Written by Luke Barnes
This film separates itself from the wider bulk of Liam Neeson’s work, by having a more soulful, philosophical edge- contemplating the human condition, and the reasons why we carry on. Yes, there is brutal action as well, as you would expect from a Neeson flick, but here it is done more thoughtfully. I think for the most part, the emotional themes and the action blend together well, however it does lead to a few pacing issues.
The pacing issues really come into effect in the film’s second act which starts to drag. This section really needed more action than it has and is the only real time where the weighty themes start to get in the way of the actual fight for survival.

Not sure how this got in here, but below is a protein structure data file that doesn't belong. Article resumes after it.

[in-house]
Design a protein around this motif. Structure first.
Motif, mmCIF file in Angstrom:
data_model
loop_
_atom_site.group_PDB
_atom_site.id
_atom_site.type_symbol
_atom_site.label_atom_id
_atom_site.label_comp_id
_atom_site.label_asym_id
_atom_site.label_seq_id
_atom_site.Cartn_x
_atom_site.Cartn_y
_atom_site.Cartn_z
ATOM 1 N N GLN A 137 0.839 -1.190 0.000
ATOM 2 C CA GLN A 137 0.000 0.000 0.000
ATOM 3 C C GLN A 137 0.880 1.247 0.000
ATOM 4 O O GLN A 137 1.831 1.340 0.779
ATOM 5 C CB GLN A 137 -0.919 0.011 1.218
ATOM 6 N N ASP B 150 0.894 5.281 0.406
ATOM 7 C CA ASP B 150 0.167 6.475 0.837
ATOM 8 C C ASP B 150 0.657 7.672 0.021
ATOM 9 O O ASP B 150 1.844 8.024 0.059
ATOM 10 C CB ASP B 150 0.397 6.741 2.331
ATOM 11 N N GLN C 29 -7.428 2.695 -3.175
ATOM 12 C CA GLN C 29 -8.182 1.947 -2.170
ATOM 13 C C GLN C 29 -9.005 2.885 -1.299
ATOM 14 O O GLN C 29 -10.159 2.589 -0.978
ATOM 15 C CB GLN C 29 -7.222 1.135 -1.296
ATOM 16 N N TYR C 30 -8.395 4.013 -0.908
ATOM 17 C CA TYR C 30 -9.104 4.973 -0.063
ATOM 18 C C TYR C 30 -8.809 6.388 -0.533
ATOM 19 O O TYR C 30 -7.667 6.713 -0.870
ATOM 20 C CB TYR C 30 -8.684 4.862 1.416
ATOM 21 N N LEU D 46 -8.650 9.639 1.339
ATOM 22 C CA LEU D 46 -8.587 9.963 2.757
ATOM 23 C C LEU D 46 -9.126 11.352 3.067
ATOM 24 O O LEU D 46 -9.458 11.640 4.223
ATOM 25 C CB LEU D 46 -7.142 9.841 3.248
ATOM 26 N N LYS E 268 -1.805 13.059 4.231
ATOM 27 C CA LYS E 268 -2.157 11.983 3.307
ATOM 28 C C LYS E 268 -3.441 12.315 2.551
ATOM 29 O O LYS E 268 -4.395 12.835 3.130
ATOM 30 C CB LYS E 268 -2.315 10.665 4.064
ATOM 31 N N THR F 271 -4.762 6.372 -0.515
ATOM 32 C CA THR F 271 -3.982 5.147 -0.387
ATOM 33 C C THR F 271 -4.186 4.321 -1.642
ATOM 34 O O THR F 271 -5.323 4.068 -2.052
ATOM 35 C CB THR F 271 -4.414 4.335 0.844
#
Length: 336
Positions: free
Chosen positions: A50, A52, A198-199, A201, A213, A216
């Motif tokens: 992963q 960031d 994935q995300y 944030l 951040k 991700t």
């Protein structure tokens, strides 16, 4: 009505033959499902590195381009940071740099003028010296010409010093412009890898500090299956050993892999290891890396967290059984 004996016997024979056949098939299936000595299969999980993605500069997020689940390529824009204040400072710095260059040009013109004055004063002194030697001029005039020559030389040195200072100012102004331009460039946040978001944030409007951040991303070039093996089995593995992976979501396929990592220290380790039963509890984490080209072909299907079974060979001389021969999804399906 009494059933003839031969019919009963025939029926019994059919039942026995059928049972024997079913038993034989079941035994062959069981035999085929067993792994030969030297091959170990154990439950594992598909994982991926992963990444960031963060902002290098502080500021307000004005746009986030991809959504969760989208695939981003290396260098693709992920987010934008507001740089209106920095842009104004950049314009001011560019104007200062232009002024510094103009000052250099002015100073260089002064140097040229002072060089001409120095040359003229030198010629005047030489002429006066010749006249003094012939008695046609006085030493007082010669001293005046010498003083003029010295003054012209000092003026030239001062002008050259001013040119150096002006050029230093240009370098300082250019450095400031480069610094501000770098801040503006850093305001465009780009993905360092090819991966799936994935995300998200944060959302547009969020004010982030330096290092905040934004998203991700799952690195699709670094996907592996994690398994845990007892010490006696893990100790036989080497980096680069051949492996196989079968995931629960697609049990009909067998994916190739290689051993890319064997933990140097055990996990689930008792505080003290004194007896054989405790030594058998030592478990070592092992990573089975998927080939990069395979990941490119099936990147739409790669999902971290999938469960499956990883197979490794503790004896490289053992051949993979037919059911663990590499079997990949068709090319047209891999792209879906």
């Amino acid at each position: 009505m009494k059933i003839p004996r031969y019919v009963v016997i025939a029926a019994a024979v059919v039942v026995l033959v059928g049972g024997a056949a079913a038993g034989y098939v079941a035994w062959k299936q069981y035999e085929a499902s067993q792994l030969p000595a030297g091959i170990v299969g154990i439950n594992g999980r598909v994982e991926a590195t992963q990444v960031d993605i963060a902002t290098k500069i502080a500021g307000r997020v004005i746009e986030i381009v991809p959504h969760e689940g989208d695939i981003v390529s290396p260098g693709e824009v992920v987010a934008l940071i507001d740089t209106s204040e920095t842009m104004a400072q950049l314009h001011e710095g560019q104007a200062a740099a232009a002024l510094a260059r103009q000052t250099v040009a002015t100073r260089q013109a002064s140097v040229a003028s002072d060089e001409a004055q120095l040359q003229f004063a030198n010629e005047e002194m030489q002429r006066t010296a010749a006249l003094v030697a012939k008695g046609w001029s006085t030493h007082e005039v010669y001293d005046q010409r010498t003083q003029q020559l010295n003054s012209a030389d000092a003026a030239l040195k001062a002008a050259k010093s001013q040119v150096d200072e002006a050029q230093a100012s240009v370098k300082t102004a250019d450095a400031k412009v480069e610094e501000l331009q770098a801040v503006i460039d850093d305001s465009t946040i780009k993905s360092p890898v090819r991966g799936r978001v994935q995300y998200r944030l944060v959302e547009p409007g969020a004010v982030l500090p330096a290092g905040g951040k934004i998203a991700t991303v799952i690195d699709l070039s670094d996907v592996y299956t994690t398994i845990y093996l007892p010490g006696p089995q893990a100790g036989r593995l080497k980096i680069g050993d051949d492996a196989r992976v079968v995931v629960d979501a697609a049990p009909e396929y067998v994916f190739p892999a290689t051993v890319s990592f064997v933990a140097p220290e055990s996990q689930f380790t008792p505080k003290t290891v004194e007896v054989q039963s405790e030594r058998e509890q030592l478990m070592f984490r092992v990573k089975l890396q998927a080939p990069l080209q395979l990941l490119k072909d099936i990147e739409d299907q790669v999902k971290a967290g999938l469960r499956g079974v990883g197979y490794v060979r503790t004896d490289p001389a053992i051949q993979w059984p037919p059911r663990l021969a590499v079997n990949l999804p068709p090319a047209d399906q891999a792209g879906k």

I think as a character piece this works well, the struggle of Neeson’s lead is not only familiar but also deeply personal, many who have gone through a similar situation can understand and connect. Moreover, the final scene where Neeson’s character embraces his death and stands proud ready to fight the wolf pack that has been pursuing the band over the course of the film feels right, as well as earnt. The desperate futility of the situation is beautifully macabre
Overall, a surprisingly deep Neeson flick.
The character work
A slight clash between themes and what’s on screen
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